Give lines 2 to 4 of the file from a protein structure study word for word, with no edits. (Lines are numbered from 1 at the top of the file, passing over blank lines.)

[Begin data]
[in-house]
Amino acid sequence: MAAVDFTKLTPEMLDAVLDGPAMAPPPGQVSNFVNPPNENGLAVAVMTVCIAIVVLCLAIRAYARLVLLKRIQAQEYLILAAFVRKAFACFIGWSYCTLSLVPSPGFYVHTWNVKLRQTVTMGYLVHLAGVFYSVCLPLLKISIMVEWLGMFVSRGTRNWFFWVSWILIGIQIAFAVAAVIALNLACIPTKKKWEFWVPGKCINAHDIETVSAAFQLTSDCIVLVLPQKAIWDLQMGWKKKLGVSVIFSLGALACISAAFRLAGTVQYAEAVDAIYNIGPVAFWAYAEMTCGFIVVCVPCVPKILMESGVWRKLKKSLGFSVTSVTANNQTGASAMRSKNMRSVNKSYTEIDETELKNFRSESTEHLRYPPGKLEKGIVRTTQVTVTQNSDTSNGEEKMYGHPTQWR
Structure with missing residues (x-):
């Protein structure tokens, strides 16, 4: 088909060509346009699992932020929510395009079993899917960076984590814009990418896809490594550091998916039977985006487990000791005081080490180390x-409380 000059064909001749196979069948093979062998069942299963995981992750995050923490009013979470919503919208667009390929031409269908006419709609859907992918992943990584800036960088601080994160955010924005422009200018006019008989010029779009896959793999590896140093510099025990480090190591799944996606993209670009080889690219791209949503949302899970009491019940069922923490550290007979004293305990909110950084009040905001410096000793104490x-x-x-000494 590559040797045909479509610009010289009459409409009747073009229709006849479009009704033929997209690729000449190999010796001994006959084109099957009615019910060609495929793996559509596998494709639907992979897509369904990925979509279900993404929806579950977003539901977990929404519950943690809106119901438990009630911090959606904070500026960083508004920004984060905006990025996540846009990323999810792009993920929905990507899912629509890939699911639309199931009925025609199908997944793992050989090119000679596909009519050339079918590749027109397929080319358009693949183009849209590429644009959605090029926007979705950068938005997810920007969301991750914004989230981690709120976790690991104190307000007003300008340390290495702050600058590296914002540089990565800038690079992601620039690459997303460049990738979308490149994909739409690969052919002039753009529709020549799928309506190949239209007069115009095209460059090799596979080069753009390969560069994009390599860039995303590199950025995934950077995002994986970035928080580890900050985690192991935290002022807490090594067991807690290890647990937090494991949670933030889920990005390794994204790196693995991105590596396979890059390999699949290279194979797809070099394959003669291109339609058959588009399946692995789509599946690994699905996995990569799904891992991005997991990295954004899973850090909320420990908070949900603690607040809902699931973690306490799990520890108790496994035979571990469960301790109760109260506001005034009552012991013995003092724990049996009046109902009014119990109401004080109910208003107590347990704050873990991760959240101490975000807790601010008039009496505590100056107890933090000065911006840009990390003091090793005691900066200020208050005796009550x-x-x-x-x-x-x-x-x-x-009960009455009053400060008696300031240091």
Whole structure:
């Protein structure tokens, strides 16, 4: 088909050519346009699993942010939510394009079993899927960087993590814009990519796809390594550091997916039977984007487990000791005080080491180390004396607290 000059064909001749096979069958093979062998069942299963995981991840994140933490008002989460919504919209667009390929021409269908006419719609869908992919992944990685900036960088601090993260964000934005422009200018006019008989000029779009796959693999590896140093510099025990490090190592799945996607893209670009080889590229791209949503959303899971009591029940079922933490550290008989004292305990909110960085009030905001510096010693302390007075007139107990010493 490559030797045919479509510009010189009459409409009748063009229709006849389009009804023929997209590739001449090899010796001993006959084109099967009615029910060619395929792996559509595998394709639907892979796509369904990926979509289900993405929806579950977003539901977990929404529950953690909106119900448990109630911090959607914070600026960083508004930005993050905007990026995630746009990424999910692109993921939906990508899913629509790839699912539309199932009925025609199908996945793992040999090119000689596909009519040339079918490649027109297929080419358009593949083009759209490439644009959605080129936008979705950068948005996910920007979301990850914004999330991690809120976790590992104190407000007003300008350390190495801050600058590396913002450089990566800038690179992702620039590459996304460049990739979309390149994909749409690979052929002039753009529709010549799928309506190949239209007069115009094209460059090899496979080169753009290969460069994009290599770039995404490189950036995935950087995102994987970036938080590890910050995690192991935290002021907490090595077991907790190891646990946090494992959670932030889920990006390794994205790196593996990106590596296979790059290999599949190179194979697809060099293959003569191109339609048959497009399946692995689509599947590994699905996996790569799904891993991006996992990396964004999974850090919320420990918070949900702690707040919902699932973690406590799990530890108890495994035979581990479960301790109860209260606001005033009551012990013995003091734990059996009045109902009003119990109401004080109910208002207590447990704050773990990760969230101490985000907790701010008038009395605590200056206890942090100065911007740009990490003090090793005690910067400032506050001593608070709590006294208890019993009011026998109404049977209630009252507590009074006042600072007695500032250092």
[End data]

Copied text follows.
Amino acid sequence: MAAVDFTKLTPEMLDAVLDGPAMAPPPGQVSNFVNPPNENGLAVAVMTVCIAIVVLCLAIRAYARLVLLKRIQAQEYLILAAFVRKAFACFIGWSYCTLSLVPSPGFYVHTWNVKLRQTVTMGYLVHLAGVFYSVCLPLLKISIMVEWLGMFVSRGTRNWFFWVSWILIGIQIAFAVAAVIALNLACIPTKKKWEFWVPGKCINAHDIETVSAAFQLTSDCIVLVLPQKAIWDLQMGWKKKLGVSVIFSLGALACISAAFRLAGTVQYAEAVDAIYNIGPVAFWAYAEMTCGFIVVCVPCVPKILMESGVWRKLKKSLGFSVTSVTANNQTGASAMRSKNMRSVNKSYTEIDETELKNFRSESTEHLRYPPGKLEKGIVRTTQVTVTQNSDTSNGEEKMYGHPTQWR
Structure with missing residues (x-):
């Protein structure tokens, strides 16, 4: 088909060509346009699992932020929510395009079993899917960076984590814009990418896809490594550091998916039977985006487990000791005081080490180390x-409380 000059064909001749196979069948093979062998069942299963995981992750995050923490009013979470919503919208667009390929031409269908006419709609859907992918992943990584800036960088601080994160955010924005422009200018006019008989010029779009896959793999590896140093510099025990480090190591799944996606993209670009080889690219791209949503949302899970009491019940069922923490550290007979004293305990909110950084009040905001410096000793104490x-x-x-000494 590559040797045909479509610009010289009459409409009747073009229709006849479009009704033929997209690729000449190999010796001994006959084109099957009615019910060609495929793996559509596998494709639907992979897509369904990925979509279900993404929806579950977003539901977990929404519950943690809106119901438990009630911090959606904070500026960083508004920004984060905006990025996540846009990323999810792009993920929905990507899912629509890939699911639309199931009925025609199908997944793992050989090119000679596909009519050339079918590749027109397929080319358009693949183009849209590429644009959605090029926007979705950068938005997810920007969301991750914004989230981690709120976790690991104190307000007003300008340390290495702050600058590296914002540089990565800038690079992601620039690459997303460049990738979308490149994909739409690969052919002039753009529709020549799928309506190949239209007069115009095209460059090799596979080069753009390969560069994009390599860039995303590199950025995934950077995002994986970035928080580890900050985690192991935290002022807490090594067991807690290890647990937090494991949670933030889920990005390794994204790196693995991105590596396979890059390999699949290279194979797809070099394959003669291109339609058959588009399946692995789509599946690994699905996995990569799904891992991005997991990295954004899973850090909320420990908070949900603690607040809902699931973690306490799990520890108790496994035979571990469960301790109760109260506001005034009552012991013995003092724990049996009046109902009014119990109401004080109910208003107590347990704050873990991760959240101490975000807790601010008039009496505590100056107890933090000065911006840009990390003091090793005691900066200020208050005796009550x-x-x-x-x-x-x-x-x-x-009960009455009053400060008696300031240091």